TS Inter 2nd Year Zoology Study Material Chapter 7 Organic Evolution

Telangana TSBIE TS Inter 2nd Year Zoology Study Material 7th Lesson Organic Evolution Textbook Questions and Answers.

TS Inter 2nd Year Zoology Study Material 7th Lesson Organic Evolution

Very Short Answer Type Questions

Question 1.
What are panspermia?
According to Cosmozoic theory or Panspermia, life might have existed all over the universe in the form of resistant spores called cosmozoa or panspermia. They might have reached the earth accidentally.

Question 2.
Define prebiotic soup. Who coined this term?
The molecules of ammonia, hydrocarbons and water underwent condensation, oxidation, reduction and polymerisation due to energy sources to produce complex molecules like sugars, amino acids, fatty acids, purines, pyramidines and later nucleosides and nucleotides. All these reactions occurred in the ocean, which was described as the hot dilute soup or prebiotic soup by Haldane.

Question 3.
How did eukaryotes evolve?
Eukaryotes evolved probably by two processes, a) Prokaryotes lived in the ancestral eukaryotes symbiotically and evolved into organelles such as mitochondria and plastids. b) The endomembrane system of eukaryotes might have evolved by the infolding of plasma membrane of the ancestral prokaryotes.

Question 4.
What are the components of the mixture used by Urey & Miller in their experiments to simulate the primitive atmosphere?
The components used by Urey and Miller for their simulation experiment are water vapour, methane, ammonia and hydrogen.

Question 5.
Mention the names of any four connecting links that you have studied.
The four connecting links are :

  1. Eusthenopteron between fishes and amphibians.
  2. Seymouria between amphibians and reptiles.
  3. Archaeopteryx between reptiles and birds.
  4. Cynognathus between reptiles and mammals.

TS Inter 2nd Year Zoology Study Material Chapter 7 Organic Evolution

Question 6.
Define Biogenetic Law, giving an example. [March 2020]
Biogenetic law or Theory of recapitulation was proposed by Ernst Haeckel. It states that Ontogeny repeats phylogeny which means the developmental history of an organism repeats the evolutionary history of its ancestor, e.g. : Tad pole larva of frog resembles fish both externally and internally. It possesses a tail, gills and 2 chambered heart like that of a fish. Later is metamorphoses into adult frog.

Question 7.
Define atavism with an example. [March 2020]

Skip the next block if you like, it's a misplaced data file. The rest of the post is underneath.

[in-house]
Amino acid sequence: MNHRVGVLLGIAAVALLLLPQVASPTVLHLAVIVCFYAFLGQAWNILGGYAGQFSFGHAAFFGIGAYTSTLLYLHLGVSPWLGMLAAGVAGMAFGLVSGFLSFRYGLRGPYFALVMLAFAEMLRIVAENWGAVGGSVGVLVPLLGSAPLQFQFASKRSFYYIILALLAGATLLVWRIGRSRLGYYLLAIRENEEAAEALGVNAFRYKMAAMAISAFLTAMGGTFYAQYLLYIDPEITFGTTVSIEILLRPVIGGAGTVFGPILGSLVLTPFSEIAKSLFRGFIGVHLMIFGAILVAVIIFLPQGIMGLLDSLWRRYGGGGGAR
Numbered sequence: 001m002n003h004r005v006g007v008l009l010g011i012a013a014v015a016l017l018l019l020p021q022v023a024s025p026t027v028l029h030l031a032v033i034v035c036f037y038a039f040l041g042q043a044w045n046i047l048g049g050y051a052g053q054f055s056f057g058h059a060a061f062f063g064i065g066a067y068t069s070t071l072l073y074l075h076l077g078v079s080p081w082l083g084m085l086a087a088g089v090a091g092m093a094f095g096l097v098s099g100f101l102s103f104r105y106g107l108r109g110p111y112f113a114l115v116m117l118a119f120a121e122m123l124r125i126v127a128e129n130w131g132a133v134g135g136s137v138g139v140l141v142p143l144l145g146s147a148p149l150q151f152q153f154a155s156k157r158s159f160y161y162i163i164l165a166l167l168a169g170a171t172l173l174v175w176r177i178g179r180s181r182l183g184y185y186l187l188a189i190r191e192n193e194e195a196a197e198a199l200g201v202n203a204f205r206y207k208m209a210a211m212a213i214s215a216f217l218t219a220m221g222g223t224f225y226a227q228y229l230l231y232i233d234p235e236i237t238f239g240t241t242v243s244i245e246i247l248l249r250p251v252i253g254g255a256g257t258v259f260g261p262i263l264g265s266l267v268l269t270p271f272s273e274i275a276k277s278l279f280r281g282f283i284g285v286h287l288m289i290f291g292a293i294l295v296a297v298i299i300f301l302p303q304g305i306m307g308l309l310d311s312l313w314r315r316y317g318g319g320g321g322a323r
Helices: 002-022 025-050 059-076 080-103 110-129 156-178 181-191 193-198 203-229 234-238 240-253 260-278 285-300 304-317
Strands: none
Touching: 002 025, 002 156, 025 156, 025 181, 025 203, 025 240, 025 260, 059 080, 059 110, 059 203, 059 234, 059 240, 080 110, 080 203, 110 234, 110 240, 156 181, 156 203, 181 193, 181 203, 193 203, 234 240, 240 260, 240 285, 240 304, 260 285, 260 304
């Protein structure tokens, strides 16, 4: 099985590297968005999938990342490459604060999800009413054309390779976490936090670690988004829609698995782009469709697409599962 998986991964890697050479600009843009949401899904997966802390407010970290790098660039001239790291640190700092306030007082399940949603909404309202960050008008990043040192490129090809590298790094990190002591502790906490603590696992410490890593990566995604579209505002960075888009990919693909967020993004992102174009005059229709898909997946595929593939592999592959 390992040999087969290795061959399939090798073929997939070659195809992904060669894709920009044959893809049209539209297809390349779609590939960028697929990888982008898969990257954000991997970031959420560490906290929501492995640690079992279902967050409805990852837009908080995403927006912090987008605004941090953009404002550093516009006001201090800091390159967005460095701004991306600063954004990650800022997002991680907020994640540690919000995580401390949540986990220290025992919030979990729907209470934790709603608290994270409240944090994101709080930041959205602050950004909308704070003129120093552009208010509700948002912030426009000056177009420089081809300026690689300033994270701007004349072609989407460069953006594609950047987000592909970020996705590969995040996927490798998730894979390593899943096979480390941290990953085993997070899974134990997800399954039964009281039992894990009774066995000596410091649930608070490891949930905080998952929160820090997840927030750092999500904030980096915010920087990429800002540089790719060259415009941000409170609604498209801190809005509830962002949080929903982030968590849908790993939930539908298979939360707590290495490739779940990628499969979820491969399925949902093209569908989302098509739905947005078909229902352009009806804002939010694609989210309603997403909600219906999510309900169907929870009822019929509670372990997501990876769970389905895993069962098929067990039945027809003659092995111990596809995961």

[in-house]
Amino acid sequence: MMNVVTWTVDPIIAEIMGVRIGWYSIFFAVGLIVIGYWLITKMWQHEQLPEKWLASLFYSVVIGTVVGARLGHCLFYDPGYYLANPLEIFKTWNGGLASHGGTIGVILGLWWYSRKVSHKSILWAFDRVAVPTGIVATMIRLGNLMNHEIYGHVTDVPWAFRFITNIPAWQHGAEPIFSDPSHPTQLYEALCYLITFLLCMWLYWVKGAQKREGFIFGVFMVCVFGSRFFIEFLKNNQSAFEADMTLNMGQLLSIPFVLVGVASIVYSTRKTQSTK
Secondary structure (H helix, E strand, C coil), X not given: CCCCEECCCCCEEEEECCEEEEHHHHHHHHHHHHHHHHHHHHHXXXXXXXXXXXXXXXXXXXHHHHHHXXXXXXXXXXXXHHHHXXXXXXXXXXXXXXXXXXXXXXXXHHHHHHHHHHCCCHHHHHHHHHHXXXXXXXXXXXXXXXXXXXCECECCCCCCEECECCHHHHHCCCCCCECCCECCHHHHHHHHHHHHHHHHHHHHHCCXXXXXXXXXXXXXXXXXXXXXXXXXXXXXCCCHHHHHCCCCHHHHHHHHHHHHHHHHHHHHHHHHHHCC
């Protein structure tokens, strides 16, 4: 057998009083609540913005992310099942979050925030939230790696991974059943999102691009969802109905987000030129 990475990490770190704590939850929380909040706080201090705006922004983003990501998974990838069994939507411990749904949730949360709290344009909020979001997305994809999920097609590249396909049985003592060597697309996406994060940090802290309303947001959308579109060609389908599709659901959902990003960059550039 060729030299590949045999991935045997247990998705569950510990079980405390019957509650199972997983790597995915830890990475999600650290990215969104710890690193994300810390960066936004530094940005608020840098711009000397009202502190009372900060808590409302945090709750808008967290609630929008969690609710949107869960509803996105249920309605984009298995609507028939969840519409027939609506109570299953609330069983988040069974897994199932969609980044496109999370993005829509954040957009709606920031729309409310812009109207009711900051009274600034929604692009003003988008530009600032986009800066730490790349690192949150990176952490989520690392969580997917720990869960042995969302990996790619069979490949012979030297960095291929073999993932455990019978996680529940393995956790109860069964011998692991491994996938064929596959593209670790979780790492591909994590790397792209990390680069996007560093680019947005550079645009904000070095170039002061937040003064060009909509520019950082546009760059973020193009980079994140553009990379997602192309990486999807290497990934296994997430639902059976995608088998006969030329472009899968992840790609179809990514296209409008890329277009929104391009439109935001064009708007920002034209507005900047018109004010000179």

Sudden appearance of some vestigial organs in a better developed condition as in the case of the tailed human baby is called atavism. .

Question 8.
Cite two examples to disprove Lamarck’s inheritance of acquired characters.

  1. Well developed muscles of athletes are not inherited to their children.
  2. Making perforations to pinna for wearing ornaments has been in practice in India for the past several centuries. However no girl child is born with ready made perforations in their pinna.

Question 9.
Who influenced Darwin much in formulating the idea of Natural Selection?

  1. Thomas Malthus (An essay on the principles of populations)
  2. Sir Charles Lyell (Principles of Geology)
  3. Alfred Russel Wallace (On the tendency of varieties to depart from original types)

Question 10.
What is common between Darwinism and Lamarckism?
Lamarckism is the first scientific assumption that recognised the “adoption to the environment as a primary product of evolution. Darwinism also says that during struggle for existence, the organisms with beneficial variations alone will survive.

Question 11.
What is meant by genetic load? Give an example.
The existence of deleterious genes within the populations is called genetic load, e.g.: Gene for sickle cell anaemia, (homozygenes individuals for sickle cell gene (Hbs Hbs) usually die early due to anaemia. Those heterozygous (HbA Hbs) can live reasonably healthy and exhibit resistance to malaria. So this disadvantageous gene is carried).

TS Inter 2nd Year Zoology Study Material Chapter 7 Organic Evolution

Question 12.
Distinguish between allopatric and sympatric speciations.

  1. If speciation takes place due to geographical isolation, it is called allopatric speciation.
  2. If speciation takes place in the organisms which live in the same habitat, capable of interbreeding, but do not interbreed due to some isolation mechanisms is called sympatric speciation.

Question 13.
Mention the scientific names of ape like and man like earlier primates. Which man like primate first used hides to cover the bodies?

  1. Ape like earlier primate – Dryopthecus Man like earlier primate – Ramapithecus
  2. Man like primate first used hides to cover their bodies is Homoneanderthalensis.

Short Answer Type Questions

Question 1.